With untapped home equity at an all-time high of $14.4 trillion, homeowners could be poised to start cashing in.
College educations, while extremely valuable, have become prohibitively expensive in the last few decades. Some 44 million Americans have amassed $1.5 trillion in student loan debt, carrying an average balance of $40,000.
It can feel like an enormous weight, and many borrowers seek to reduce the debt as quickly as possible. One way you can do that is to roll it into your mortgage. In 2017, Fannie Mae added the Student Loan Cash-out refinance option.
However, tying that debt to your mortgage can have serious consequences. Make sure you understand the consequences before rolling unsecured debt into your home.
With Fannie Mae adjusting the loan level depending on risk, some borrowers may pay as little as 1 percent of the loan for this arrangement.
Along with what will probably be a lower interest rate, many borrowers like the concept of “streamlining,” or consolidating all their large debts into one payment.
Paying one loan with another may seem amazing – after all, you have seemingly made a big chunk of debt “disappear.” But it’s no magic trick. You still owe the money, you’ve just changed the terms.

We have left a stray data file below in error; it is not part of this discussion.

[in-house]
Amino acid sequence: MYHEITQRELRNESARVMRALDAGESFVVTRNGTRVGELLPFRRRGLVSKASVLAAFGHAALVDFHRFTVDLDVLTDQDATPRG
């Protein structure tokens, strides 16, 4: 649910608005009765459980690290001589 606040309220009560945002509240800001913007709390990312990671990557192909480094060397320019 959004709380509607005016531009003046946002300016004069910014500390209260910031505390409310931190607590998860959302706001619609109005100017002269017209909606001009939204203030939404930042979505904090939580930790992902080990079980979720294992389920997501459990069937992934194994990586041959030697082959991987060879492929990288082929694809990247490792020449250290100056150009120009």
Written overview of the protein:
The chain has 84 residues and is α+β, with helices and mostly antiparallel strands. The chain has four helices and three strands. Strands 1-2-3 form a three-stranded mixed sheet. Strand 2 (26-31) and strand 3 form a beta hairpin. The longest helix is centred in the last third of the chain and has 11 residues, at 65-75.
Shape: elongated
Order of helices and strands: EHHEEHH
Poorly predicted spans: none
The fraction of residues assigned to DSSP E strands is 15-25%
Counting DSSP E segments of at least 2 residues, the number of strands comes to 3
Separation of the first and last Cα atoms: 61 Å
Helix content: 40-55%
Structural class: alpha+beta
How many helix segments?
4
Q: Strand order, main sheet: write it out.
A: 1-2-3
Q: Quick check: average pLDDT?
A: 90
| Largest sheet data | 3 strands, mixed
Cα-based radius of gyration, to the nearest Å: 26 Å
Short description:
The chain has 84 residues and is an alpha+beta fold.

There’s no one-size-fits-all formula. For some people, especially those who have a stable income and can pay down debt fast, lowering their student loan interest rate through refinancing makes sense. For others, the benefits of refinancing may be an illusion.
First there’s the tax considerations. As of this year, home equity debt interest is only deductible if it’s used to buy, build or improve your home, not if it’s for student loans.
Rolling student loans into a mortgage also means giving up the ability to defer the student loans during difficult financial times. Once they are part of your mortgage, it’s a required monthly payment.
Additionally, you give up any eligibility for potential student debt forgiveness programs down the road.
However, you still might be able to pay off the debt faster if the interest rate is lower than what you were paying. PLUS loans and private student loan borrowers can potentially save more than those with subsidized federal student loans.